Earthquake! -and- Sorry I (nearly) Got You Fired

I’m sorry I got you fired.

Well, nearly fired, anyway. It was pretty close. The road to unemployment is paved with good intentions. God knows I sure led you on. And when management found out, hoo boy.


One fine sunny afternoon in Silly Valley I was sitting in my cubical at work, happily noodling away at some C++, when someone in the hall tripped and fell down and rolled against the wall of my cubical. “I hope they’re okay,” I thought, and started to get up to see how they were.

Then whoever it was got up and fell down again, a little harder this time, and a small truck hit the building and my 21 inch monitor (known as a “Kong” in our group, and which incorporated at least 80 pounds of lead and probably a fair amount of neutronium ) started to rock back and forth on its not insubstantial base. I stood up (trust me, you don’t want one a Kong in your lap) just as another, larger truck hit the building, making the monitor rock even more and causing the light fixtures above the cube farm to swing. And my next thought was “Is this the Big One?” because it was clear we were about eight seconds into a definitely non-trivial earthquake, and if it kept escalating it wasn’t going to be one of the little “ha ha, something farted underground and now it’s over” kind of earthquakes we get all the time in Silly Valley and that barely make it to the second section of the newspaper, but instead a whopper that we would still be talking about years later, assuming we survived the next couple of minutes.

The shaking got worse over the the next couple of seconds. Time to panic.

So I did what everyone else did, exactly what safety experts tell you not to do, which was to run — no WALK — rapidly towards the building’s exit. As I left my cube, I saw my monitor rock over one final time and land on my chair, where my lap had just been (so: good call). I WALKED rapidly down the hallway. Left turn. Right turn. Down into the stairwell with a crowd of equally unwise people, all of us very definitely not panicking and not running. About that time the really big shaking started, and we all played Star Trek Bridge Attack Scene —

        INT. BRIDGE -

        GENERIC 1960s STARSHIP BRIDGE CONSOLE GUY

The enemy ship has launched photonic torpedoes, Captain!

        SOMEBODY ELSE

Keep walking. Don't run! WALK, DAMMIT!

EVERYONE ON THE BRIDGE LURCHES LEFT, THEN RIGHT, THEN LEFT AGAIN WHILE THE CAMERAMAN WAGGLES THE CAMERA AROUND (you all know the scene). PEOPLE HANG ONTO THINGS, WHICH FALL OVER. PEOPLE HANG ON TO OTHER PEOPLE AND FALL OVER. THE SHAKING CONTINUES AND THE LIGHTS GO OUT. SOMEBODY SCREAMS. WE WALKRUN PAST THE NOW DARK CAFETERIA, PAST THE WISELY DESERTED RECEPTION DESK, AND THROUGH WOBBLY DOUBLE GLASS DOORS INTO SUNLIGHT. CARS ARE HEAVING UP AND DOWN IN THE PARKING LOT AND IN THE DISTANCE WE COULD *SEE* THE WAVES IN THE GROUND RIPPLING TOWARD US. HERE COMES ANOTHER ONE. WHOOP!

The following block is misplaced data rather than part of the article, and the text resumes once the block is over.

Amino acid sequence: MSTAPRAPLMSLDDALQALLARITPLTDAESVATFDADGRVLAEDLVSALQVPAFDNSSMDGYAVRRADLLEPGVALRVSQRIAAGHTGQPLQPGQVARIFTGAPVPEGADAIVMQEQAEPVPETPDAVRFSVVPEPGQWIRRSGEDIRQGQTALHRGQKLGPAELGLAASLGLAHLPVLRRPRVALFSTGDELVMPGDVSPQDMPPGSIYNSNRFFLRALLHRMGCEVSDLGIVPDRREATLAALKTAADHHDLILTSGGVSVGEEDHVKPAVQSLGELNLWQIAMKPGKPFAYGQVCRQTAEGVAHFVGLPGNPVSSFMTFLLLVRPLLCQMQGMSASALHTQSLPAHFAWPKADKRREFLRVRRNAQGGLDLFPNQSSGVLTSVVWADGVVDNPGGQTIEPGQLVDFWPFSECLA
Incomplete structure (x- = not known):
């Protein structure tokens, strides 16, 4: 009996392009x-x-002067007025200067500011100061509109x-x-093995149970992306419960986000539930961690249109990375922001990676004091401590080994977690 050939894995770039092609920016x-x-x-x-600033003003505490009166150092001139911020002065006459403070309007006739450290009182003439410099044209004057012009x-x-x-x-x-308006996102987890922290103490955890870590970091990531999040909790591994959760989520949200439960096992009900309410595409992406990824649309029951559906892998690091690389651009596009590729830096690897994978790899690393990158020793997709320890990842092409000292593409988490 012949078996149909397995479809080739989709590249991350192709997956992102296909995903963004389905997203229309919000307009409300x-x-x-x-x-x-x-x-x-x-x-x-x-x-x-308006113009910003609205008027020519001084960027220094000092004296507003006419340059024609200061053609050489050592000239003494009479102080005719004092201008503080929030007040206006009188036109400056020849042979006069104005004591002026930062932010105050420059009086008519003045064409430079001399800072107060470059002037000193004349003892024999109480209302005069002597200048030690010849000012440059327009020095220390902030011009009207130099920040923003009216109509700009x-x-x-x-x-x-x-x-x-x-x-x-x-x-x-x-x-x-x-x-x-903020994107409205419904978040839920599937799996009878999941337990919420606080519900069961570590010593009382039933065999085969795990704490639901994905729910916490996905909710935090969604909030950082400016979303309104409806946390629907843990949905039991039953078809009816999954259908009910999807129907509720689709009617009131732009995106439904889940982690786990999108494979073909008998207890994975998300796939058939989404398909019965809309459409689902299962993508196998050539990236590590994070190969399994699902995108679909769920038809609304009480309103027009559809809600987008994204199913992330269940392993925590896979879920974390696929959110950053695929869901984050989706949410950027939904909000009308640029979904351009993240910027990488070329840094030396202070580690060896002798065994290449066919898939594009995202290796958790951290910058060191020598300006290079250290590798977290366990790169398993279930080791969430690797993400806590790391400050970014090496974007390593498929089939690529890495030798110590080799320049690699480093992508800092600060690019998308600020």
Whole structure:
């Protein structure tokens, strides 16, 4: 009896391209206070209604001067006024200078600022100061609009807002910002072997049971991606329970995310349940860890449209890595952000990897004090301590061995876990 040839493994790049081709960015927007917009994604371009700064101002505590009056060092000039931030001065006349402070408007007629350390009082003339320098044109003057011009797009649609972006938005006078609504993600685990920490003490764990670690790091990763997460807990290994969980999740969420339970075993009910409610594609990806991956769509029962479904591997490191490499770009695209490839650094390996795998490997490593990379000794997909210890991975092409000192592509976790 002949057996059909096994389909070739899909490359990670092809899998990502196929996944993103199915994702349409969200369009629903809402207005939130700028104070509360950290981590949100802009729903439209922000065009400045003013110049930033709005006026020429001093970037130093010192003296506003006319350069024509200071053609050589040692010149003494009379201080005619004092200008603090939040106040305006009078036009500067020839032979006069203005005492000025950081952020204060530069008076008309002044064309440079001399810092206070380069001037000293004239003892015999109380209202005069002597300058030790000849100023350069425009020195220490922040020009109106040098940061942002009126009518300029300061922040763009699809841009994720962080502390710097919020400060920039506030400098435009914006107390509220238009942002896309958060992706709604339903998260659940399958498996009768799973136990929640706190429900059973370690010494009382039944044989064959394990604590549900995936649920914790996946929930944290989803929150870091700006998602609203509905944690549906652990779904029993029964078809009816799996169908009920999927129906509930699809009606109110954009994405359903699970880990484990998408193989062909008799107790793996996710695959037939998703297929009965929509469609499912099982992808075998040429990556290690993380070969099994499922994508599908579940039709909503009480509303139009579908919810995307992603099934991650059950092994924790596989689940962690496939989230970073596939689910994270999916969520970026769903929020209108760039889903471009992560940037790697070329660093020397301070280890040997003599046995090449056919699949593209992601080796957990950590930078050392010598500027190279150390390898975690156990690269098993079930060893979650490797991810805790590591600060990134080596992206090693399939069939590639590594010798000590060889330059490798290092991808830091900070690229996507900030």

EXT. BUILDING -

THIS IS JUST A HIGH-END SILLY VALLEY OFFICE BUILDING, MOSTLY GLASS ON THE OUTSIDE. THE ONLY REMARKABLE THING ABOUT IT IS THAT ALL OF THE GLASS IS WARPING AROUND CRAZILY, ALONG WITH MOST OF THE PARKING LOT.

        SOMEBODY ELSE AGAIN

Keep walking! Get away from the building! Look out for glass!

        FRIEND

Hey, who's the asshole who knocked over my motorcycle?

        CARS

Beep. Beep. Beep . . .

After an unreasonable amount of time — it couldn’t have been less than a couple of weeks — the shaking finally stopped. We looked at each other, the unspoken question on everyone’s mind being “Is that all? Or was that just the warm-up for the Really Big One?” After milling around for a while we were told by some management we’d be contacted when it was okay to return to work, and that we should all go home now. A few people at a time were allowed back into the building to get car keys and other critical items.

I lived about a mile from work then, so I walked home and cleaned up a few tipped-over bookshelves. Power was out for six or seven hours, and helicopters from the Naval base a few miles away were quartering the valley like you’ve seen in a Vietnam War movie, with a great whapping of helicopter blades.

—-

A week later we were told to return to work in another building, far away from Apple’s campus in Cupertino, way out in Mountain View. This building was near 101 and Moffet Field, and just under the approach path for the airfield. Several times a day Navy P-3 sub-hunting planes returning from a tour of keeping the west coast free from pesky nuclear submarines would start their approach, fly over our building and dump fuel on us. There were mornings when you could smell the napalm. (We called the Bay Area Air Quality Board, and while they would have gone rotweiller on any company or individual dumping fuel, these were military flights and the Navy could dump anything they pleased). Some wit posted a “No Smoking” sign on the door leading to the parking lot. No idea who, honest.